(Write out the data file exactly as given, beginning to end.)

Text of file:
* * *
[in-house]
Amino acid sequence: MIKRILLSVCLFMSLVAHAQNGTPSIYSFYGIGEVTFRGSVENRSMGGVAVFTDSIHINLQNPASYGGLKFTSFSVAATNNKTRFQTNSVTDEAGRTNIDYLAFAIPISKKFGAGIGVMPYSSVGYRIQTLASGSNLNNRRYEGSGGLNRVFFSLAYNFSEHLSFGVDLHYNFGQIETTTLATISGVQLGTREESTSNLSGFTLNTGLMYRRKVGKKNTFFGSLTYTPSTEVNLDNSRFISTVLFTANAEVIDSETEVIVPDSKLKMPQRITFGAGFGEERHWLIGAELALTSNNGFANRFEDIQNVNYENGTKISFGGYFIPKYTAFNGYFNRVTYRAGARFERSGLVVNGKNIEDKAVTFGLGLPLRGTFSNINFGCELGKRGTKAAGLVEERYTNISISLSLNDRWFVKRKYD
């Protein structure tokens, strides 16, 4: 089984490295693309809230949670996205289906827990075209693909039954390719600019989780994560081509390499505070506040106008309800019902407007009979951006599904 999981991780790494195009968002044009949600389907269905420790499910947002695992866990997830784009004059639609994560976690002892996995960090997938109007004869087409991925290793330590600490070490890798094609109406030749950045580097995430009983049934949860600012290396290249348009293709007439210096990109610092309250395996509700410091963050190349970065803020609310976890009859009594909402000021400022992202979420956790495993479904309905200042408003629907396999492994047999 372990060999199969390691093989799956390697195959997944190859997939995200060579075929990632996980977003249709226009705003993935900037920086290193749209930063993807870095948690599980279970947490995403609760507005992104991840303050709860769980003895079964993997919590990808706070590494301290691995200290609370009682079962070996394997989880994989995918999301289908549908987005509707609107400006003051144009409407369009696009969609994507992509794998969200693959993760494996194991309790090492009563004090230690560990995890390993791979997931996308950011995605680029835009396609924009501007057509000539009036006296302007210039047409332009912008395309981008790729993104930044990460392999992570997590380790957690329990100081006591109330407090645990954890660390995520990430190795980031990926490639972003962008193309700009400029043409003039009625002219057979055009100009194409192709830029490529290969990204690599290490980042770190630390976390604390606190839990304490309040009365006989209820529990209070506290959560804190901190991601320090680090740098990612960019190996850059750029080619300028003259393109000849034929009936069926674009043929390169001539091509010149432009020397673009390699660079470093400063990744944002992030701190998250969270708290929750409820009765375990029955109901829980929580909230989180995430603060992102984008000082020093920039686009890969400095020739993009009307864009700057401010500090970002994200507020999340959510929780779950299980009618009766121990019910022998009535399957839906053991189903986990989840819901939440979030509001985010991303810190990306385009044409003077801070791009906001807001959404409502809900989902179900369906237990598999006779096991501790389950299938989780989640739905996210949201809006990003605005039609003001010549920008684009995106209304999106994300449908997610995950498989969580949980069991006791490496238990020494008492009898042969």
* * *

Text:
[in-house]
Amino acid sequence: MIKRILLSVCLFMSLVAHAQNGTPSIYSFYGIGEVTFRGSVENRSMGGVAVFTDSIHINLQNPASYGGLKFTSFSVAATNNKTRFQTNSVTDEAGRTNIDYLAFAIPISKKFGAGIGVMPYSSVGYRIQTLASGSNLNNRRYEGSGGLNRVFFSLAYNFSEHLSFGVDLHYNFGQIETTTLATISGVQLGTREESTSNLSGFTLNTGLMYRRKVGKKNTFFGSLTYTPSTEVNLDNSRFISTVLFTANAEVIDSETEVIVPDSKLKMPQRITFGAGFGEERHWLIGAELALTSNNGFANRFEDIQNVNYENGTKISFGGYFIPKYTAFNGYFNRVTYRAGARFERSGLVVNGKNIEDKAVTFGLGLPLRGTFSNINFGCELGKRGTKAAGLVEERYTNISISLSLNDRWFVKRKYD
């Protein structure tokens, strides 16, 4: 089984490295693309809230949670996205289906827990075209693909039954390719600019989780994560081509390499505070506040106008309800019902407007009979951006599904 999981991780790494195009968002044009949600389907269905420790499910947002695992866990997830784009004059639609994560976690002892996995960090997938109007004869087409991925290793330590600490070490890798094609109406030749950045580097995430009983049934949860600012290396290249348009293709007439210096990109610092309250395996509700410091963050190349970065803020609310976890009859009594909402000021400022992202979420956790495993479904309905200042408003629907396999492994047999 372990060999199969390691093989799956390697195959997944190859997939995200060579075929990632996980977003249709226009705003993935900037920086290193749209930063993807870095948690599980279970947490995403609760507005992104991840303050709860769980003895079964993997919590990808706070590494301290691995200290609370009682079962070996394997989880994989995918999301289908549908987005509707609107400006003051144009409407369009696009969609994507992509794998969200693959993760494996194991309790090492009563004090230690560990995890390993791979997931996308950011995605680029835009396609924009501007057509000539009036006296302007210039047409332009912008395309981008790729993104930044990460392999992570997590380790957690329990100081006591109330407090645990954890660390995520990430190795980031990926490639972003962008193309700009400029043409003039009625002219057979055009100009194409192709830029490529290969990204690599290490980042770190630390976390604390606190839990304490309040009365006989209820529990209070506290959560804190901190991601320090680090740098990612960019190996850059750029080619300028003259393109000849034929009936069926674009043929390169001539091509010149432009020397673009390699660079470093400063990744944002992030701190998250969270708290929750409820009765375990029955109901829980929580909230989180995430603060992102984008000082020093920039686009890969400095020739993009009307864009700057401010500090970002994200507020999340959510929780779950299980009618009766121990019910022998009535399957839906053991189903986990989840819901939440979030509001985010991303810190990306385009044409003077801070791009906001807001959404409502809900989902179900369906237990598999006779096991501790389950299938989780989640739905996210949201809006990003605005039609003001010549920008684009995106209304999106994300449908997610995950498989969580949980069991006791490496238990020494008492009898042969």